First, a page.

Speaking at the Summit, Premier Alden McLaughlin said Cayman had shown its leadership role in the fight against corruption for over 20 years and offered to extend the agreement with the U.K. to all conference participants.
“Some examples of our engagement include the recent Exchange of Notes and a Technical Protocol with the United Kingdom on the exchange of beneficial ownership information, an arrangement which I am happy to announce today we are prepared to extend to all countries participating in this current initiative,” he said, omitting mentioning the beneficial ownership initiative, included in his official speaking notes.
“Because of these efforts, our credentials in the fight against corruption cannot be seriously challenged,” the premier added.
“I believe we’ve earned our seat at the table to be part of the development of any new global standard.”
In the same vein, Jude Scott, the CEO of Cayman Finance, appeared on Sky News following the summit in London, hailing Cayman’s existing regime for collecting verified beneficial ownership information as superior to centralized registers that are based on self-reporting, such as the one implemented by the U.K.
“If we look at ensuring that we have top quality information that is accurate and complete, the system that we have in Cayman is far superior to what has been proposed [by the U.K.].” Mr. Scott advocated that Cayman’s system should consequently become the global standard.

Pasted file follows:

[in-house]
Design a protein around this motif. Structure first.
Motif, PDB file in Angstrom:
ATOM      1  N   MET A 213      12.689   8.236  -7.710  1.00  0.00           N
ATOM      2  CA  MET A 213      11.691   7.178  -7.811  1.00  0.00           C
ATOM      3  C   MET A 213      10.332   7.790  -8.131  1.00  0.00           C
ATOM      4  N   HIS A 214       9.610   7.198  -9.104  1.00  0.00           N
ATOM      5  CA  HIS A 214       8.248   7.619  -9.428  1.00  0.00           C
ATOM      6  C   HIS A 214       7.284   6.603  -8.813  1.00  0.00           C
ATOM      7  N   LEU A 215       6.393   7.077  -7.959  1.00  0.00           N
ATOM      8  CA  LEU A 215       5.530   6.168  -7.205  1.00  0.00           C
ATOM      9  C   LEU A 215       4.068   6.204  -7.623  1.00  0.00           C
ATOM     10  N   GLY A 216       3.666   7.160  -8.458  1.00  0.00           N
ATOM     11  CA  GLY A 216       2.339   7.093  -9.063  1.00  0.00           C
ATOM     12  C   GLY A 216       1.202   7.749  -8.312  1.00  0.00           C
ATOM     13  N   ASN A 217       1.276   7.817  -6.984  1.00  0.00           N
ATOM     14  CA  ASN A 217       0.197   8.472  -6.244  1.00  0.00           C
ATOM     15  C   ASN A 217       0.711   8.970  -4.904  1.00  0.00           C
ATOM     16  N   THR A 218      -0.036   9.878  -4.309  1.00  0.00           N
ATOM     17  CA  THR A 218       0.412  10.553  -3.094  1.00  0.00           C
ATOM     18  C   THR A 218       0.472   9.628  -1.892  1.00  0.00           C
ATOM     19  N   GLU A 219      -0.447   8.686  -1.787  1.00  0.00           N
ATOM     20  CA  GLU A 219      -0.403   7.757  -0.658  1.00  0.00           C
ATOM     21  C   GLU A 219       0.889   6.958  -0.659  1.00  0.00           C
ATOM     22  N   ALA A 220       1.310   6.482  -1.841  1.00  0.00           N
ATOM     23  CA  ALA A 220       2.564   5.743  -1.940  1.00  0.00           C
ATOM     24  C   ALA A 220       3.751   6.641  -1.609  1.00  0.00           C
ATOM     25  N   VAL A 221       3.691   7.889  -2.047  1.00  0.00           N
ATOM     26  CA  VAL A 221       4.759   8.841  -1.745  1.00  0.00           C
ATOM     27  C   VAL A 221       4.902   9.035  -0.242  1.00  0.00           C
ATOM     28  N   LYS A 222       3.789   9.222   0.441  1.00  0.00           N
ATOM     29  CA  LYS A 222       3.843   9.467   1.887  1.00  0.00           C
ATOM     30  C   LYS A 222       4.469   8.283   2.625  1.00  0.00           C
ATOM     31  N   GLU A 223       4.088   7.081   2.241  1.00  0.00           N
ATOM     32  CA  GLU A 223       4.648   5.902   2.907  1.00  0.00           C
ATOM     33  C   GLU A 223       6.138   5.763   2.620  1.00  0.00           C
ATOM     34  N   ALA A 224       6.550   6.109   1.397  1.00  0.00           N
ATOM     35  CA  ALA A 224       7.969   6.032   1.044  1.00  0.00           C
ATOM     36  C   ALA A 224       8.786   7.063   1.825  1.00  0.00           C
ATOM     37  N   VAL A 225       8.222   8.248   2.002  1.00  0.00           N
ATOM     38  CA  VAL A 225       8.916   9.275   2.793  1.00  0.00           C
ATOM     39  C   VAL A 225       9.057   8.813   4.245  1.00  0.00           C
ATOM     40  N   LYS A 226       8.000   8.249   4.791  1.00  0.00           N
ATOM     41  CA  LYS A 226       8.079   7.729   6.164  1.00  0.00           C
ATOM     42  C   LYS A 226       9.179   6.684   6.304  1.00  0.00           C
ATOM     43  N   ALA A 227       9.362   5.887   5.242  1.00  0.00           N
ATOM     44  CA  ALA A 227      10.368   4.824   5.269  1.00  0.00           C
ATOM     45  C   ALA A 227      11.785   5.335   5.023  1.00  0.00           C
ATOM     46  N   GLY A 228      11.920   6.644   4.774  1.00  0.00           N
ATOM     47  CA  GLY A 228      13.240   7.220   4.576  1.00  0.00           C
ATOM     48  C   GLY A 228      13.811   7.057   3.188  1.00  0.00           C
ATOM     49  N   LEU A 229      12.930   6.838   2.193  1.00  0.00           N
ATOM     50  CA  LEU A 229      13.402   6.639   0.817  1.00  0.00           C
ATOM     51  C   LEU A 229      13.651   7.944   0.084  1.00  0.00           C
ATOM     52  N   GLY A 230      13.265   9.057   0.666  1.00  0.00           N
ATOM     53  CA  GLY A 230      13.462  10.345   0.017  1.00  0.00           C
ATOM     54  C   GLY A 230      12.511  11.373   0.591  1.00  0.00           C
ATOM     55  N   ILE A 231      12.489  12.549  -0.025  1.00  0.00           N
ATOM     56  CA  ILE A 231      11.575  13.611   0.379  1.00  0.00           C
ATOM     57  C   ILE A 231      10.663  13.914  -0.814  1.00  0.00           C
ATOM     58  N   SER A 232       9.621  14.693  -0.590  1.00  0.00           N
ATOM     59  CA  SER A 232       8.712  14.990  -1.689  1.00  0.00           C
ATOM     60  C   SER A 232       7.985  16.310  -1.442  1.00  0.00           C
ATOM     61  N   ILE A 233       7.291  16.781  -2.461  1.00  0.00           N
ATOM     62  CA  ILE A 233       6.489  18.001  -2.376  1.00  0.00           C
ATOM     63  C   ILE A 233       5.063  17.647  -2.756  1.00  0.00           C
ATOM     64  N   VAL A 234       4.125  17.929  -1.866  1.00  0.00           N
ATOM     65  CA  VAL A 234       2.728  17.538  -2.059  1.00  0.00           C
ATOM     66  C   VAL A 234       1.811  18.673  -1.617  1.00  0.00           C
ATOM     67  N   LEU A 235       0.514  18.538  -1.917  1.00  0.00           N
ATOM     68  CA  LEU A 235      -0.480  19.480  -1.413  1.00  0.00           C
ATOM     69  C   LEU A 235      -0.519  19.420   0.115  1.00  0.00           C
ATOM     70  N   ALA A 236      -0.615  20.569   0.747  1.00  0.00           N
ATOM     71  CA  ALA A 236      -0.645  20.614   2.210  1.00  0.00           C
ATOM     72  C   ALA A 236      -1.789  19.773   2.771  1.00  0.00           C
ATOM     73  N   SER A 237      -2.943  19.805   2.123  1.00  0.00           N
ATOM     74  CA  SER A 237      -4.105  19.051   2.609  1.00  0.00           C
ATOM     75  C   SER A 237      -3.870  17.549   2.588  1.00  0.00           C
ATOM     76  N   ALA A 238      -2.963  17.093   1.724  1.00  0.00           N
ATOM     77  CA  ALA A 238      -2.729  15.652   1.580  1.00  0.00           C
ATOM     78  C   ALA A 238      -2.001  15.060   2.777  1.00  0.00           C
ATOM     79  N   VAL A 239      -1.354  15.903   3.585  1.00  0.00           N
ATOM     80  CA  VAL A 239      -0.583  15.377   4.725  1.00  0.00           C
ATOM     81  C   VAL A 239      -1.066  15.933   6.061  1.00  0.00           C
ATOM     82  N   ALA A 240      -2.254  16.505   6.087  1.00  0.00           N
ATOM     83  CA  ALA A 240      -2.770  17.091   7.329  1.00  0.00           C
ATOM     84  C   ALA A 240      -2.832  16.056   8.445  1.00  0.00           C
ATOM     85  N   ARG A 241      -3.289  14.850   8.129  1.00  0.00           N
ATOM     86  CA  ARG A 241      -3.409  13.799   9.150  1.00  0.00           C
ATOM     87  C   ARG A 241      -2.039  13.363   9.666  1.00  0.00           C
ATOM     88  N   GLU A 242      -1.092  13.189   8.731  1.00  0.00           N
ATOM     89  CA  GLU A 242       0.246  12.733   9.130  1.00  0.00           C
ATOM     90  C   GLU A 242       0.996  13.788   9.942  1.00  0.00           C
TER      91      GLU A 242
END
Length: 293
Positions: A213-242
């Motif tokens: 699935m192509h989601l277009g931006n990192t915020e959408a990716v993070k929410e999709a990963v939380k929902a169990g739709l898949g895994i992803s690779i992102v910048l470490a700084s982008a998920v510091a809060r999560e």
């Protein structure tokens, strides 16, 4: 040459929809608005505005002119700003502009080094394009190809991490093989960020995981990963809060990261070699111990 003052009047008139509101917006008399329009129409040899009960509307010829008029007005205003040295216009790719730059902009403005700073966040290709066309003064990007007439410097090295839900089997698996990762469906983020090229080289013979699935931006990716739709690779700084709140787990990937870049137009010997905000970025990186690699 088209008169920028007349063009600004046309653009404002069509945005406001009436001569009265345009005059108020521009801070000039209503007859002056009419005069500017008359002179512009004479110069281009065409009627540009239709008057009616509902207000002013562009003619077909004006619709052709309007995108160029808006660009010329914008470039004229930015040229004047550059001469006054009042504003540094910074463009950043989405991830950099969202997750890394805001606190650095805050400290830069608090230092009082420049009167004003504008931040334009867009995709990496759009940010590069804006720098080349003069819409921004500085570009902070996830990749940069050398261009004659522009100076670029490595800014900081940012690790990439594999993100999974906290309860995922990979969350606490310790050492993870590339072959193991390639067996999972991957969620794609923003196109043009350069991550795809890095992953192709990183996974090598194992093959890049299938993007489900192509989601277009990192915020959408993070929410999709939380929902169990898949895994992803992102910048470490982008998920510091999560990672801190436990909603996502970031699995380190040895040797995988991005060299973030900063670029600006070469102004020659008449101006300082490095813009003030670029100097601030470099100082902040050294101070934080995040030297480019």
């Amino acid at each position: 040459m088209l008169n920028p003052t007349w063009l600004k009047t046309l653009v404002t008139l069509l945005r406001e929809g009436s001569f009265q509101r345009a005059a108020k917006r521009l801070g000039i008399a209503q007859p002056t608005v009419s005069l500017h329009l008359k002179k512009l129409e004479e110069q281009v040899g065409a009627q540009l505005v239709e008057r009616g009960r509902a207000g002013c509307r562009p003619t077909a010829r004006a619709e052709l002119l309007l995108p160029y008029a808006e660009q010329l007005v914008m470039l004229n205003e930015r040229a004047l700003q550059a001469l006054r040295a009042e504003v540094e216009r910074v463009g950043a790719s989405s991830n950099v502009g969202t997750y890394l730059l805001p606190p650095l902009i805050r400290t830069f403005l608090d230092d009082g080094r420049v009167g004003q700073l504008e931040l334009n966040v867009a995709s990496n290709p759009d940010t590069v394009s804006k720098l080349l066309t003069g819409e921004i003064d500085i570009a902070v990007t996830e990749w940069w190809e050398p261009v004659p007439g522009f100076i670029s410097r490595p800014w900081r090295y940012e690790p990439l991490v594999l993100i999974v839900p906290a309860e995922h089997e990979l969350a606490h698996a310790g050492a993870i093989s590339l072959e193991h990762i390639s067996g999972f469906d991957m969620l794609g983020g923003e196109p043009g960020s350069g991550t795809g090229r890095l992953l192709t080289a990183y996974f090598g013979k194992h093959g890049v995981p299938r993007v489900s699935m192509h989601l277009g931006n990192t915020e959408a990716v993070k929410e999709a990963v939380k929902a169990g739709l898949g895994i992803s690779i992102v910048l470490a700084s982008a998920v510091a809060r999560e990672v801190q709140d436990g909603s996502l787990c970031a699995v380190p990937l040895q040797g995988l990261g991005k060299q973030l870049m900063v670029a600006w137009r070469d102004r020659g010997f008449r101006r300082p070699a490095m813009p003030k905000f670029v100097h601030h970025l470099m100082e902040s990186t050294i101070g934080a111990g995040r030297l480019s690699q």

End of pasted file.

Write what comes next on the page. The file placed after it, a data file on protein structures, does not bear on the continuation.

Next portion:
The Anti-Corruption Summit communique referenced the beneficial ownership initiative for the automatic exchange of beneficial ownership information and called on the Financial Action Task Force, the Organization for Economic Co-operation and Development and the Global Forum on Transparency and Exchange of Information for Tax Purposes to develop initial proposals “on ways to improve the implementation of the international standards on transparency, including on the availability of beneficial ownership information and its international exchange.”
However, Roy Tatum, senior political adviser to the premier, confirmed Friday that the Cayman Islands has “not in fact signed the communique.”